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Popular Vehicles That Will Be Discontinued in 2023

6 minute read

By John Warbuck

Key Takeaways

  • SUVs are much more popular than coupes and sedans due to their utility and space.
  • American consumers are abandoning vehicles that use premium gasoline or have poor fuel economy.
  • Leading auto manufacturers all have plans to produce plug-in electric vehicles in the near future.

Some vehicles are thrilling to drive but aren’t as practical for families or people looking to save money at the pump. The American auto market is shifting, and car companies are abandoning vehicles that don’t fit in with their plans to dominate the electric vehicle market. This guide reviews some popular cars that won’t be making a return in 2023 or 2024.

Automotive Trends Behind Discontinued Cars

The United States government is putting a lot of pressure on automakers to make more fuel-efficient vehicles. Consumers who are concerned about rising gas prices are opting to buy hybrids and gas-powered cars with more efficient engines. Despite these trends, most people still favor SUVs and family cars over coupes and sedans.

Automakers are eliminating a lot of sedans because they’re no longer as popular as crossovers and SUVs. The SUVs that are being discontinued all have large, gas-guzzling engines that can’t compete with their more efficient rivals.

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Popular Vehicles Discontinued in 2022

Many people are sad to see some of these vehicles go, but they’re being replaced with more powerful electric vehicles and hybrids. Some of the vehicles on this list already have replacements in the works, while others are only eliminating specific trim levels from their lineup. While it’s not unheard of for auto manufacturers to revive discontinued nameplates, this year is the time to purchase one of these models if you don’t want to miss out.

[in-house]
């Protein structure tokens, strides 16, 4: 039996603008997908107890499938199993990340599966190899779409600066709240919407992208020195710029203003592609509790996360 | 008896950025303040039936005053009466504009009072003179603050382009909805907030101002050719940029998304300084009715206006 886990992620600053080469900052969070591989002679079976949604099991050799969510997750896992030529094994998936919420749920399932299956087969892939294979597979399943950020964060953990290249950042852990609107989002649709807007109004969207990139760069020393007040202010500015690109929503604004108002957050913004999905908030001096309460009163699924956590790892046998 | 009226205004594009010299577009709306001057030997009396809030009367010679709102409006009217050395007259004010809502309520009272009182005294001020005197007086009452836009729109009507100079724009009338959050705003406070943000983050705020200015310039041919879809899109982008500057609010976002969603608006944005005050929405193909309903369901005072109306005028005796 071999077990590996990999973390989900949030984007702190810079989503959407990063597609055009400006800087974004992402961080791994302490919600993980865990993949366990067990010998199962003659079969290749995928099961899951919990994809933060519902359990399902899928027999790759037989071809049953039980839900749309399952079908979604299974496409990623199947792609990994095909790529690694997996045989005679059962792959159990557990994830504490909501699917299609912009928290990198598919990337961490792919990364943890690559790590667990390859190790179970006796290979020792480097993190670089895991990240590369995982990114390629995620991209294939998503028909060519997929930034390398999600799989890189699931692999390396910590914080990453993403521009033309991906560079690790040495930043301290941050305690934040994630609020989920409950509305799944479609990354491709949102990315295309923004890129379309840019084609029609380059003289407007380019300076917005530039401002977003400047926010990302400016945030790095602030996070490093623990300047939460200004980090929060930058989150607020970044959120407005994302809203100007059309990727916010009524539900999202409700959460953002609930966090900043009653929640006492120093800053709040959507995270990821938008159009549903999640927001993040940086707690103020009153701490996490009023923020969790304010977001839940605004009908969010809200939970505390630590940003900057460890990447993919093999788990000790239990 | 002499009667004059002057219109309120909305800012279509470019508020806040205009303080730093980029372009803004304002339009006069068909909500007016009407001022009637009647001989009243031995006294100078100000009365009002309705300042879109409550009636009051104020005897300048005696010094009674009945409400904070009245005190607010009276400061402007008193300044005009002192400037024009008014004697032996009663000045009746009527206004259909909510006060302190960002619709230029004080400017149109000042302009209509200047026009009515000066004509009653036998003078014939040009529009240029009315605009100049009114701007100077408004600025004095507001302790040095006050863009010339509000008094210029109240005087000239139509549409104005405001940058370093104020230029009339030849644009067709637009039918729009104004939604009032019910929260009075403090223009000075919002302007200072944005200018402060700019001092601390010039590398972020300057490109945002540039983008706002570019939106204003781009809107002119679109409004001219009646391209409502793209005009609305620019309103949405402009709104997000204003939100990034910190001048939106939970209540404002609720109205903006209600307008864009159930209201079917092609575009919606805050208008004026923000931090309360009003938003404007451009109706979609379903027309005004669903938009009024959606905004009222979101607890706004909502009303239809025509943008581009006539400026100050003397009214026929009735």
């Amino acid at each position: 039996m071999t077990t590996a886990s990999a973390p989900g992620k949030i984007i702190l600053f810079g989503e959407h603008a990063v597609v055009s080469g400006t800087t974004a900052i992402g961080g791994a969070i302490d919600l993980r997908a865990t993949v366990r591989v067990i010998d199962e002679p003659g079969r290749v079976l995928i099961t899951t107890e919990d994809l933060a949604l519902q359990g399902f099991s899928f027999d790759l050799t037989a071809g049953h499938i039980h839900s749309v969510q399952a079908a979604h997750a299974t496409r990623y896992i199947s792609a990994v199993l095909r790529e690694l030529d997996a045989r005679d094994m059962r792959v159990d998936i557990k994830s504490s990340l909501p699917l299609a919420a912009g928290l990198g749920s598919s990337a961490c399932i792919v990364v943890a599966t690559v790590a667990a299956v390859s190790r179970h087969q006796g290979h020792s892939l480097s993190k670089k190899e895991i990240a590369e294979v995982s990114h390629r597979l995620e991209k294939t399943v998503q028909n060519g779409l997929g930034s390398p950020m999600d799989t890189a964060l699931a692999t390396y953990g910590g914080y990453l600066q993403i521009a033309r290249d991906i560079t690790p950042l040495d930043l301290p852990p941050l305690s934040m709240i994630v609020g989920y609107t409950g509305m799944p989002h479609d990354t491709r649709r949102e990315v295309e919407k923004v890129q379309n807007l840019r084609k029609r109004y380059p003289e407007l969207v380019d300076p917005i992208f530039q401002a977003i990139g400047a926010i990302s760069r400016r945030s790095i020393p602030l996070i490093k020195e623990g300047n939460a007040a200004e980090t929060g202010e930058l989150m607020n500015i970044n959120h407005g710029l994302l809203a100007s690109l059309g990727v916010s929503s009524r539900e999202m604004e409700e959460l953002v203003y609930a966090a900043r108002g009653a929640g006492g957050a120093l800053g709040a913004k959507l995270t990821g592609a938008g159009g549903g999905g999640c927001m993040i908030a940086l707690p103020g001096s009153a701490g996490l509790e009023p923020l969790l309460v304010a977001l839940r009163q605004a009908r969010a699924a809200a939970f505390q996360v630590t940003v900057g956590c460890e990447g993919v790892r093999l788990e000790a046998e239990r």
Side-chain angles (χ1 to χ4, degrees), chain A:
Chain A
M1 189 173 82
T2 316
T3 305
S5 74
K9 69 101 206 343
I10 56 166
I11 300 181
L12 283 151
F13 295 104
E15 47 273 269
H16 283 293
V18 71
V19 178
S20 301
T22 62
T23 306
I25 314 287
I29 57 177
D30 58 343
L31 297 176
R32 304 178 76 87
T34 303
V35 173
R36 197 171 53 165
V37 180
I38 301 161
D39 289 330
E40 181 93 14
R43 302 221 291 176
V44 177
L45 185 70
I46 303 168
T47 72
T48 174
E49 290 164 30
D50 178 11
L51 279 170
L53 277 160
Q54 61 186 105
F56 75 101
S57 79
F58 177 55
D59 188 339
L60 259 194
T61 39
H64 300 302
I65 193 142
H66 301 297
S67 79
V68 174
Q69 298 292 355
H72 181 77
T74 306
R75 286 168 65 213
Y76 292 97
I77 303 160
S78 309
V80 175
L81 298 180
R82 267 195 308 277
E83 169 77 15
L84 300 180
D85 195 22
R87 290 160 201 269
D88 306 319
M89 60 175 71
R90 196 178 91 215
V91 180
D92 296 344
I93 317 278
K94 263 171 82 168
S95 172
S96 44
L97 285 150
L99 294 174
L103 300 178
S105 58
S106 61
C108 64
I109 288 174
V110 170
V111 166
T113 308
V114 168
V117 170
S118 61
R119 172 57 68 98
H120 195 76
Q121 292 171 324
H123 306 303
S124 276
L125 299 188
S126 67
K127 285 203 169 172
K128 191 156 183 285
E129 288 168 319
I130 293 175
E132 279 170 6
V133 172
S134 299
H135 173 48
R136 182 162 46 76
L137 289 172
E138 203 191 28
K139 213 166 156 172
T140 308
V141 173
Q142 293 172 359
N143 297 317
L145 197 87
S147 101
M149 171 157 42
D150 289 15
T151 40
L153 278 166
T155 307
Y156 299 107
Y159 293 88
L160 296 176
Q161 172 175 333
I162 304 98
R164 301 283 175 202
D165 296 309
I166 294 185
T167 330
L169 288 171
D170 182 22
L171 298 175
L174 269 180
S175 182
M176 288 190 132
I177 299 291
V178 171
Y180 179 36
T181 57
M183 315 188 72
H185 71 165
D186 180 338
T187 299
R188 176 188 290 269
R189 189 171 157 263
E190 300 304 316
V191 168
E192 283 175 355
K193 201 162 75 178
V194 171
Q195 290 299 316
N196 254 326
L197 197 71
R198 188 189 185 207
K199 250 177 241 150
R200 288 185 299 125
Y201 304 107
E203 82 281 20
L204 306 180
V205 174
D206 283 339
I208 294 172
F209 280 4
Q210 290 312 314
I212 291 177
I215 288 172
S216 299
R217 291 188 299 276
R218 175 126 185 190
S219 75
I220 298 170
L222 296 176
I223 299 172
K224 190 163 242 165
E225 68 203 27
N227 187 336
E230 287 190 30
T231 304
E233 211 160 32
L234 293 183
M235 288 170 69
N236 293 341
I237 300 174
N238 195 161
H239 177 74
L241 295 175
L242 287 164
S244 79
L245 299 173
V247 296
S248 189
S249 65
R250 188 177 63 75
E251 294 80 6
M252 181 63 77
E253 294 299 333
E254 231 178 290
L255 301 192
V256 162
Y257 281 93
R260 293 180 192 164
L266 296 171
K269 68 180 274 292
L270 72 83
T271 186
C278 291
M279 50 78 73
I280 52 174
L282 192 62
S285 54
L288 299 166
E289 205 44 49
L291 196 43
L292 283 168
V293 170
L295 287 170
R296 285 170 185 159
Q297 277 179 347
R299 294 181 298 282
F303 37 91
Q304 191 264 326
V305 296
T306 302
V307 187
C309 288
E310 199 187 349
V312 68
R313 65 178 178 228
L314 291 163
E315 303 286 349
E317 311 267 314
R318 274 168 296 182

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Acura ILX

The 2022 Acura ILX is being replaced by the Integra in 2023. Acura is hoping the nostalgia surrounding the Integra namesake might revive interest in small, luxury sedans. The 2022 ILX starts at just $27,300 and is a great choice for anyone looking for an entry-level luxury car.

It boasts above-average fuel economy, with up to 34 mpg on the highway and a responsive 201-horsepower engine. The ILX has a cozy and stylish interior that’s great for the people in the front, but it’s a little cramped in the rear. Trims featuring the 8-inch infotainment system come with Apple CarPlay and Android Auto. It also boasts excellent safety and crash ratings, making it an affordable (small) family car.

Source: Acura

Dodge Charger